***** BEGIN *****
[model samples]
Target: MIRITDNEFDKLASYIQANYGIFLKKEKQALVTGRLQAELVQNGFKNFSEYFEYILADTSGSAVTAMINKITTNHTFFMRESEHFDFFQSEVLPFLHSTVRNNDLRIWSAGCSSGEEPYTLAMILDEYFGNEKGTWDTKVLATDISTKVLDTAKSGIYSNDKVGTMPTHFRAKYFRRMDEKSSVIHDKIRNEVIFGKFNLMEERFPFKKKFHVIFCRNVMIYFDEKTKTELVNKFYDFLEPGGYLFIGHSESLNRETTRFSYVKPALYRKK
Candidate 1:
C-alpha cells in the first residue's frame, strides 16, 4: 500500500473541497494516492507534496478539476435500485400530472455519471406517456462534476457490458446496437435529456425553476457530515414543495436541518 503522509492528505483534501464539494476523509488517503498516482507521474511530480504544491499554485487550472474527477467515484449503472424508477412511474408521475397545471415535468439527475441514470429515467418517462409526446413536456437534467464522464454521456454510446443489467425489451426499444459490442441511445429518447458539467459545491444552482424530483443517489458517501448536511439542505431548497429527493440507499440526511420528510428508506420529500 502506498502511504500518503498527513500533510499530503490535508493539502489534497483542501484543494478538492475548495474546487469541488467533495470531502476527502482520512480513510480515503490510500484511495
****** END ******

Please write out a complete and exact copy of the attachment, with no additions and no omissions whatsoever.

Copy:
[model samples]
Target: MIRITDNEFDKLASYIQANYGIFLKKEKQALVTGRLQAELVQNGFKNFSEYFEYILADTSGSAVTAMINKITTNHTFFMRESEHFDFFQSEVLPFLHSTVRNNDLRIWSAGCSSGEEPYTLAMILDEYFGNEKGTWDTKVLATDISTKVLDTAKSGIYSNDKVGTMPTHFRAKYFRRMDEKSSVIHDKIRNEVIFGKFNLMEERFPFKKKFHVIFCRNVMIYFDEKTKTELVNKFYDFLEPGGYLFIGHSESLNRETTRFSYVKPALYRKK
Candidate 1:
C-alpha cells in the first residue's frame, strides 16, 4: 500500500473541497494516492507534496478539476435500485400530472455519471406517456462534476457490458446496437435529456425553476457530515414543495436541518 503522509492528505483534501464539494476523509488517503498516482507521474511530480504544491499554485487550472474527477467515484449503472424508477412511474408521475397545471415535468439527475441514470429515467418517462409526446413536456437534467464522464454521456454510446443489467425489451426499444459490442441511445429518447458539467459545491444552482424530483443517489458517501448536511439542505431548497429527493440507499440526511420528510428508506420529500 502506498502511504500518503498527513500533510499530503490535508493539502489534497483542501484543494478538492475548495474546487469541488467533495470531502476527502482520512480513510480515503490510500484511495